Twin-screw extruders, co-extrusion spur creativity

by Charlotte Atchley
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Reading Bakery Systems
Having multiple dies and cutting mechanisms available assists in not only product shape and size diversity but also managing changes in texture. 

Snacks are a category in which consumers are willing to experiment and be impulsive. This gives producers an open space to innovate and play with their flavors, texture, shapes and ingredients. It’s also a competitive category with only so much supermarket shelf space and consumer dollars to go around. To stand out on today’s shelves, snack manufacturers must differentiate their lines from the competition.

“Producers are competing for a demanding consumer looking for new and more interesting flavors and textures as well as products that are perceived to be healthier than many in the past had been,” said Vince Pasquini, pretzel and snack technical sales engineer, Reading Bakery Systems (RBS).

This intense competition has led snack producers to pursue clean labels, organic ingredients, healthier grains and inclusions. Pairing these ingredients with the extrusion process, they can combine different textures and appearances to create items that offer consumers something entirely new.

There are several different types of extruders and ways to use this technology to bring about multi-textured snacks or ones with interesting shapes. Twin-screw extruders and co-extrusion will most likely offer the most flexibility.

Twin screw extrusion is one way to get multiple textures in a single snack piece.

Twin-screw extrusion produces snacks by extruding a cooked mass through a small die aperture. The high-pressure, high-temperature thermal system mechanically cooks the product, causing it to expand when it comes out of the extruder through the die. While this process can result in a uniform texture, different ingredients help snack producers mix it up.

“The cooked mass is usually based on a grain or vegetable flour but can easily be made into multi-textured products by adding small pieces of soaked grain that can pass through the die without blocking it,” said Keith Graham, marketing manager, Baker Perkins. These can include ancient grains such as quinoa, spelt or buckwheat, which also will garner a producer that multi-grain claim.

“These ingredients are aligned with current market trends for snacks that combine positive nutrition with interesting tastes and distinctive textures,” Mr. Graham continued.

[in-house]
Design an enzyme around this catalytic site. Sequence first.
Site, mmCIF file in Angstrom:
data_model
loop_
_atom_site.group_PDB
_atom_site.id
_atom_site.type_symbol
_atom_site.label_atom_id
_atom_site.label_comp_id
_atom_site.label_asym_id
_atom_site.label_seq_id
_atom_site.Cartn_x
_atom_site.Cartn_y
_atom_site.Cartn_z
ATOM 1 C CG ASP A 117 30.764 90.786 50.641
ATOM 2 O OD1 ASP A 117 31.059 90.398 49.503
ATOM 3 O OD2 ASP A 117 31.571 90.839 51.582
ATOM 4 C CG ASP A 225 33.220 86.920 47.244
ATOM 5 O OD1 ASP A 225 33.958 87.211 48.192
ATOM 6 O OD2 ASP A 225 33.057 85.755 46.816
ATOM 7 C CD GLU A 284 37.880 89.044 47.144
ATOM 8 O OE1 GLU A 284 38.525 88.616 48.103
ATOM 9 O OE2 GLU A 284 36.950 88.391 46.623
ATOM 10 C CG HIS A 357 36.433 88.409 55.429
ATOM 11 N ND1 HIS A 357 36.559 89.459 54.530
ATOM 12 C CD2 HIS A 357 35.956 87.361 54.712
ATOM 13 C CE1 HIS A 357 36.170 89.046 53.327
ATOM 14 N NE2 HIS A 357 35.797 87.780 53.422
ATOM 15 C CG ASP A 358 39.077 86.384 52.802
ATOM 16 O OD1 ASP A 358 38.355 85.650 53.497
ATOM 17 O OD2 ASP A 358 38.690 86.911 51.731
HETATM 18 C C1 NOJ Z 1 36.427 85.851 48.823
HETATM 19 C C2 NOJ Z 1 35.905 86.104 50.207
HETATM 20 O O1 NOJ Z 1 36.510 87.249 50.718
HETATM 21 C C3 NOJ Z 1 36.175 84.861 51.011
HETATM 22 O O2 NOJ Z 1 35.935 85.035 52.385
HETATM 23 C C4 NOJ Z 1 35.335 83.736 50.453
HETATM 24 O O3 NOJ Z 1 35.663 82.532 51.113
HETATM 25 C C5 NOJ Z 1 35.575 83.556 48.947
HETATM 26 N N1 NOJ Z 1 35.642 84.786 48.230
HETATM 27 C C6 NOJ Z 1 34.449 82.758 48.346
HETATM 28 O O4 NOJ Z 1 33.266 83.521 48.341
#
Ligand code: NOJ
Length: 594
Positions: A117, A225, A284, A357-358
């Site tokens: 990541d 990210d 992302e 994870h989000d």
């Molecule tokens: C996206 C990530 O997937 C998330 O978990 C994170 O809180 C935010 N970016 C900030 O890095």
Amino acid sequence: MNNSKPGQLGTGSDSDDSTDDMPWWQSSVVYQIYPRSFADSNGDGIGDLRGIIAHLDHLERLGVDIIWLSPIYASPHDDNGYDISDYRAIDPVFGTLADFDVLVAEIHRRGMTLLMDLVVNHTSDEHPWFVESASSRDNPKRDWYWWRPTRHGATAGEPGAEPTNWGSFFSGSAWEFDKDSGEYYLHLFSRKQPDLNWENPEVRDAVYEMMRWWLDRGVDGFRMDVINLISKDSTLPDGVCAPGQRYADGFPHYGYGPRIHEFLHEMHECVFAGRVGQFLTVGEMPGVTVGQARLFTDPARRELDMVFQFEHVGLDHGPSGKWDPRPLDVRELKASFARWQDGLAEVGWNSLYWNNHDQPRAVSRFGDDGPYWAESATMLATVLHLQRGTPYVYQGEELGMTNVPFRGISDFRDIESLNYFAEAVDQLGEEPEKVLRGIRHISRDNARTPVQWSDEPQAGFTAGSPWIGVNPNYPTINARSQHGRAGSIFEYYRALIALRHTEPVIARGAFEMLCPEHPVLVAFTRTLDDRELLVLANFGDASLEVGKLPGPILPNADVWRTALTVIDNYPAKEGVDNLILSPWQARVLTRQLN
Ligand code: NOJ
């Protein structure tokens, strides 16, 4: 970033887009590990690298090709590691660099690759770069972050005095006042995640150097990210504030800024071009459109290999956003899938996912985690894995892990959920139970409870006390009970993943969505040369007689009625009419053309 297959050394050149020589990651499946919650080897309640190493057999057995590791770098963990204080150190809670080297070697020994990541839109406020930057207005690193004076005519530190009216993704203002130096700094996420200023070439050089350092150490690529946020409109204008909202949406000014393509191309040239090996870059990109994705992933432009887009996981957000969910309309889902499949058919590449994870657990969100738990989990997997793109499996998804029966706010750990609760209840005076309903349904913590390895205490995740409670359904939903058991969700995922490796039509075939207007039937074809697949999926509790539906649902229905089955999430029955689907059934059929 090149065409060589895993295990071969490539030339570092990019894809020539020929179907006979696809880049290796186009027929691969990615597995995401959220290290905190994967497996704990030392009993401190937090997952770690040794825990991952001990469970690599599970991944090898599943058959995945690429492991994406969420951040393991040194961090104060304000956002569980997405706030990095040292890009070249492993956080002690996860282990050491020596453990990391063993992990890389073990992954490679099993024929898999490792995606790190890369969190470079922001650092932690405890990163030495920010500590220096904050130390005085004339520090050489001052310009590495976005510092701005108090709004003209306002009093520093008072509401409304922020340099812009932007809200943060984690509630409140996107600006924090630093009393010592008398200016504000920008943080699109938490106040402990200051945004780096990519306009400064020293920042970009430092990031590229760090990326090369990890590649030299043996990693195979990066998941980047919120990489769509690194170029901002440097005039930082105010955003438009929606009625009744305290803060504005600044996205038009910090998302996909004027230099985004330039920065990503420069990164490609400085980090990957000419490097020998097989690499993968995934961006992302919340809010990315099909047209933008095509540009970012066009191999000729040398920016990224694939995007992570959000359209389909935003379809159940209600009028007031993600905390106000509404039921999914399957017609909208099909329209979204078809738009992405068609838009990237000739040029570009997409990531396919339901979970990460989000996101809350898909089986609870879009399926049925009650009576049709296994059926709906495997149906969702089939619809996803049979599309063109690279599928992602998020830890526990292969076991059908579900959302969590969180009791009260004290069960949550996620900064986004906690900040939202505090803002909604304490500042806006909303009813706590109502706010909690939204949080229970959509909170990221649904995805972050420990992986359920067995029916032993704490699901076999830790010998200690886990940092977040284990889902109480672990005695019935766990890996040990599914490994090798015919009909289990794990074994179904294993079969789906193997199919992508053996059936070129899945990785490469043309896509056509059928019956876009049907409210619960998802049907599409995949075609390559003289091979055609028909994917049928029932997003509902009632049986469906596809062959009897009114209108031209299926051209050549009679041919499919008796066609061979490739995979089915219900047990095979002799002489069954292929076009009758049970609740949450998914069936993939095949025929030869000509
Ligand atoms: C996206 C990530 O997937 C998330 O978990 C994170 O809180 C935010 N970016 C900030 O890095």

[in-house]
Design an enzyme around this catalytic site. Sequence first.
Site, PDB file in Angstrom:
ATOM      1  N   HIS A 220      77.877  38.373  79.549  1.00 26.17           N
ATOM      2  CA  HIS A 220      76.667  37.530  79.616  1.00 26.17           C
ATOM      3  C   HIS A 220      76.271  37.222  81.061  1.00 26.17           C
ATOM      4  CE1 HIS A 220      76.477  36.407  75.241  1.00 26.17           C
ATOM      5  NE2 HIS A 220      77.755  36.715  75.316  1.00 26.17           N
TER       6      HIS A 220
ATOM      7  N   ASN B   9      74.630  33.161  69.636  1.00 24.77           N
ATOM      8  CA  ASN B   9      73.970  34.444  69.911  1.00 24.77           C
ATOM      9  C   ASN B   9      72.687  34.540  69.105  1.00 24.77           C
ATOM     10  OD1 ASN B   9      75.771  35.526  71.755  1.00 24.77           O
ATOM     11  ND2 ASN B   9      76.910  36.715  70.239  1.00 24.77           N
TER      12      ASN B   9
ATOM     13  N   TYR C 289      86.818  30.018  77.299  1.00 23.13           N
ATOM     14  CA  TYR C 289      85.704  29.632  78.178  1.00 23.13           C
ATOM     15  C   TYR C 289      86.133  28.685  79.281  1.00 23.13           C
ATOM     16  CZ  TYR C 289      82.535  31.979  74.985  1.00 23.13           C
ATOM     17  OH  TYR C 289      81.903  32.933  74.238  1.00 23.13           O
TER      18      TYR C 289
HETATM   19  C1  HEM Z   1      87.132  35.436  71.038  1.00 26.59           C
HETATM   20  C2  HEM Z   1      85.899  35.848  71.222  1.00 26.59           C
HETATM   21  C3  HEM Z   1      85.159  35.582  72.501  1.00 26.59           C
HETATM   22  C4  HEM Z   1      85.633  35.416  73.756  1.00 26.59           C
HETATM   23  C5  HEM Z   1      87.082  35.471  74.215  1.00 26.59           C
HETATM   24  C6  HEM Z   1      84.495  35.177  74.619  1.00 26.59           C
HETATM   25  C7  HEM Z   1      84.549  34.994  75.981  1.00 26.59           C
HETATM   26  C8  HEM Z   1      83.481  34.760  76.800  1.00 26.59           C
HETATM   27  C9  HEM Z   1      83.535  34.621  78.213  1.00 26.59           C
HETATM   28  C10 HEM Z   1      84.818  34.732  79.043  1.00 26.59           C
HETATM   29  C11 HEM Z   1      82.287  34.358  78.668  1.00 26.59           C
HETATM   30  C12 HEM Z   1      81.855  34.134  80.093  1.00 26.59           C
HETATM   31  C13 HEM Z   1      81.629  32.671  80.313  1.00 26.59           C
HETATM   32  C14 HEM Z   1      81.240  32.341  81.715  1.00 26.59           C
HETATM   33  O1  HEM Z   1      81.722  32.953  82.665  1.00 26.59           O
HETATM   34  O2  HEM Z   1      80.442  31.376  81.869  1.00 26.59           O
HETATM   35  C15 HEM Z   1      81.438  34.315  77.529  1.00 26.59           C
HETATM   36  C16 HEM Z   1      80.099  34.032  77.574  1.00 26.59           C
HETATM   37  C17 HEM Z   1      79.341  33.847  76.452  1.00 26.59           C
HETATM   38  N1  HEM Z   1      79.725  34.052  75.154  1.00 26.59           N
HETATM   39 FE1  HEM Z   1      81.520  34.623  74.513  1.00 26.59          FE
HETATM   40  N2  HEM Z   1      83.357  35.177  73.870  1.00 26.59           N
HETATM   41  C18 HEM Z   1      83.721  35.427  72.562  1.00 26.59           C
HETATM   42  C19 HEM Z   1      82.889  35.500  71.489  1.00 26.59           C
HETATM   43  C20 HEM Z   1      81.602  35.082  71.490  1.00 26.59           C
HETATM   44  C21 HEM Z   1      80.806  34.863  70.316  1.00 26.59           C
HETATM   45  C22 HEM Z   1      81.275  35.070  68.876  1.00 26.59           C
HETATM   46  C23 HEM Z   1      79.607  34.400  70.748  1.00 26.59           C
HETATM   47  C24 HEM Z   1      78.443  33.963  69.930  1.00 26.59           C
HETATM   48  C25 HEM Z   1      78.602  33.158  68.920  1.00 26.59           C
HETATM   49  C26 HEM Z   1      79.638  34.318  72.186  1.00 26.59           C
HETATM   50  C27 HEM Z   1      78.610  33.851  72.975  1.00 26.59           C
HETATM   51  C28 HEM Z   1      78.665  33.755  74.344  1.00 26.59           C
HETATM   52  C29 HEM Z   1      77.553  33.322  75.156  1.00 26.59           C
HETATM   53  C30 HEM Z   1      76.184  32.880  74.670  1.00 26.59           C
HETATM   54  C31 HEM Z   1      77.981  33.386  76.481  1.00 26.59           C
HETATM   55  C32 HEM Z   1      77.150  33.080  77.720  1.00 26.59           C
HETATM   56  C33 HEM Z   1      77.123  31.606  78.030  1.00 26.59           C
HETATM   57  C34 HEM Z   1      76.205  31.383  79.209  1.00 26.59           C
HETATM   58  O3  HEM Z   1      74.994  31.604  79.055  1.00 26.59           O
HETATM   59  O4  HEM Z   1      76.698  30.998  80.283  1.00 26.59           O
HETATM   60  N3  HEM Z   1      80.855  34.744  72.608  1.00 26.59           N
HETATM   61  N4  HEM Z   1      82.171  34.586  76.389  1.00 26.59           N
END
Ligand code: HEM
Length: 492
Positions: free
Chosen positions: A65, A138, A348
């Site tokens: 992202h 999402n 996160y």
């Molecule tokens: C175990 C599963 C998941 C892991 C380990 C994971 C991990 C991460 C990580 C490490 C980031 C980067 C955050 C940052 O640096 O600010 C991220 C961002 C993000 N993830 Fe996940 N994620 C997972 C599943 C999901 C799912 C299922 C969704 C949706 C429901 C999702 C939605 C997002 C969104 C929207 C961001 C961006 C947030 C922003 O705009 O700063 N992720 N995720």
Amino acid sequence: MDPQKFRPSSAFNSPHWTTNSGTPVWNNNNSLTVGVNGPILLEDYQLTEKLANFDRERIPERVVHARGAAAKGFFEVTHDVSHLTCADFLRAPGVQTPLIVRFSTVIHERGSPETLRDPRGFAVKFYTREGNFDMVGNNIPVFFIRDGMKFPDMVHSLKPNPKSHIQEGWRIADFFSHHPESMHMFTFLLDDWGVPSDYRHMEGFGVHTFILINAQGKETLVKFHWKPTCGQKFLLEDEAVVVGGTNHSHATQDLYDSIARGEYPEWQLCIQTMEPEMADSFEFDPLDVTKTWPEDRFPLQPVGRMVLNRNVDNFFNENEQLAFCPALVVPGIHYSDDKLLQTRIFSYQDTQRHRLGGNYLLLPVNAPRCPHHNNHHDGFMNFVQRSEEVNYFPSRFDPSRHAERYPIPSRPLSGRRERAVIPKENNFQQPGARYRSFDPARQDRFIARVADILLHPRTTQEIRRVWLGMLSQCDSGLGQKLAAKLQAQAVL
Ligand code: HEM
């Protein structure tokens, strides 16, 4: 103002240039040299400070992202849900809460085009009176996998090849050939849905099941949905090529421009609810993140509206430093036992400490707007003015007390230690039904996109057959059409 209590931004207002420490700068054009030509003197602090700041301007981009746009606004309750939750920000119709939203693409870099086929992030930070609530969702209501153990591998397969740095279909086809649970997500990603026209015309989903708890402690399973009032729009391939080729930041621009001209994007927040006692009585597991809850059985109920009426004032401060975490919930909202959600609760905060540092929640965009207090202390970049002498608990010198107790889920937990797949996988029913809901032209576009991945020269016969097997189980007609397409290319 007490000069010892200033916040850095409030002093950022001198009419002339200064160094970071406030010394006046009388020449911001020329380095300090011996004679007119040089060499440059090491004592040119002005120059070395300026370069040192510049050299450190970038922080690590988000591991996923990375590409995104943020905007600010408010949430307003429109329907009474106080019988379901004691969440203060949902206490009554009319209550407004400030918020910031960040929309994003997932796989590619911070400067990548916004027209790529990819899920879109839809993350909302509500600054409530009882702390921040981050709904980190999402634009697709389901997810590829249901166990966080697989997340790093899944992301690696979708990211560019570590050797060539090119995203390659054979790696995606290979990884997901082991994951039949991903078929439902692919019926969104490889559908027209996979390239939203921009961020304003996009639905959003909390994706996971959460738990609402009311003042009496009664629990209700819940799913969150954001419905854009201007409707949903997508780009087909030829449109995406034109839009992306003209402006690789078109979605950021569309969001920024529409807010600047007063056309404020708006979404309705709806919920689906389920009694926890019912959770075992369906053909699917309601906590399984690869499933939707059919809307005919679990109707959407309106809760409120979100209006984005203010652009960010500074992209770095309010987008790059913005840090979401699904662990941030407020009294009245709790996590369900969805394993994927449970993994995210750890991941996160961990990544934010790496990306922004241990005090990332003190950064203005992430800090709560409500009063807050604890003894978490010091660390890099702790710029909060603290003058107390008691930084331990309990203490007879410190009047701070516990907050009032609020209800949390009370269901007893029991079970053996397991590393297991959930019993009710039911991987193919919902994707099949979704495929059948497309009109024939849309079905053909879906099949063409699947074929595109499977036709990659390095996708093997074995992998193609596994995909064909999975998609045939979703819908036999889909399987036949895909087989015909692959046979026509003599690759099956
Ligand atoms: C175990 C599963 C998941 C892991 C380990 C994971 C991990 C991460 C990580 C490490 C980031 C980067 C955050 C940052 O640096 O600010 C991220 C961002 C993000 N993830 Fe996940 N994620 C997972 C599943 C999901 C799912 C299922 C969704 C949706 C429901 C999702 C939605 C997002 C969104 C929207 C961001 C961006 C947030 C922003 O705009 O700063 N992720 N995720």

Co-extrusion offers the most straightforward answer to creating multiple textures in one snack. This method makes snacks with a center filling encased in a cereal outer shell.

Extruded Snack Chip
The snack's characteristics are impacted by the extruder technology used.

“The ability to control three key aspects of the process — texture, filling and shape — creates the ability to develop a wide variety of added-value snacks,” Mr. Graham said. “Fruit paste fillings tick the healthy box; sweet and savory creams, cheese and chocolate praline are also popular.”

Snack producers can also choose between two different co-extrusion approaches. They can use one extruder with a co-extrusion die plate, pumping material into the end of the die to create two different textures, said Michael Shaw, sales account manager, snacks/cereals, Bühler.

“There is some limitation, though, on creating the different variation of textures,” he said. “There’s a range of difference between the inner and outer shell that would be allowable.”

The second strategy is to use two twin-screw extruders and combine them at the exit.

“That would allow you to create significantly different raw materials,” Mr. Shaw explained.

When approaching which method to pursue, snack producers must know what they’re looking for. They must consider a softer or harder bite, something that dissolves quickly in the mouth or a snack that’s crunchier. Deciding which extruder technology to employ and the parameters to set will have an impact on end-product characteristics. Snack producers must determine the appropriate screw speed and profile configuration, die design, and whether to inject water or other liquids or even release steam.

“These parameters affect longitudinal and radial expansion in the finished product, cell structure and porosity: number of cells, size of cells and density,” Mr. Shaw said. “This can create a difference in finished product attributes such as a softer, quick-dissolving texture for babies and toddlers to a hard, crunchier bite for adults.”

The best way to see how these technologies and parameters will affect the finished snack is to test the formulation on the equipment itself.

“Snack manufacturers have their expertise on their product and what they are looking for, and our technologists have expertise in working with different raw materials and obtaining different textures,” Mr. Shaw said. “They meet in the middle to get the right product.”

RBS also offers snack producers the ability to conduct extensive tests on its equipment at its Science & Innovation Center.

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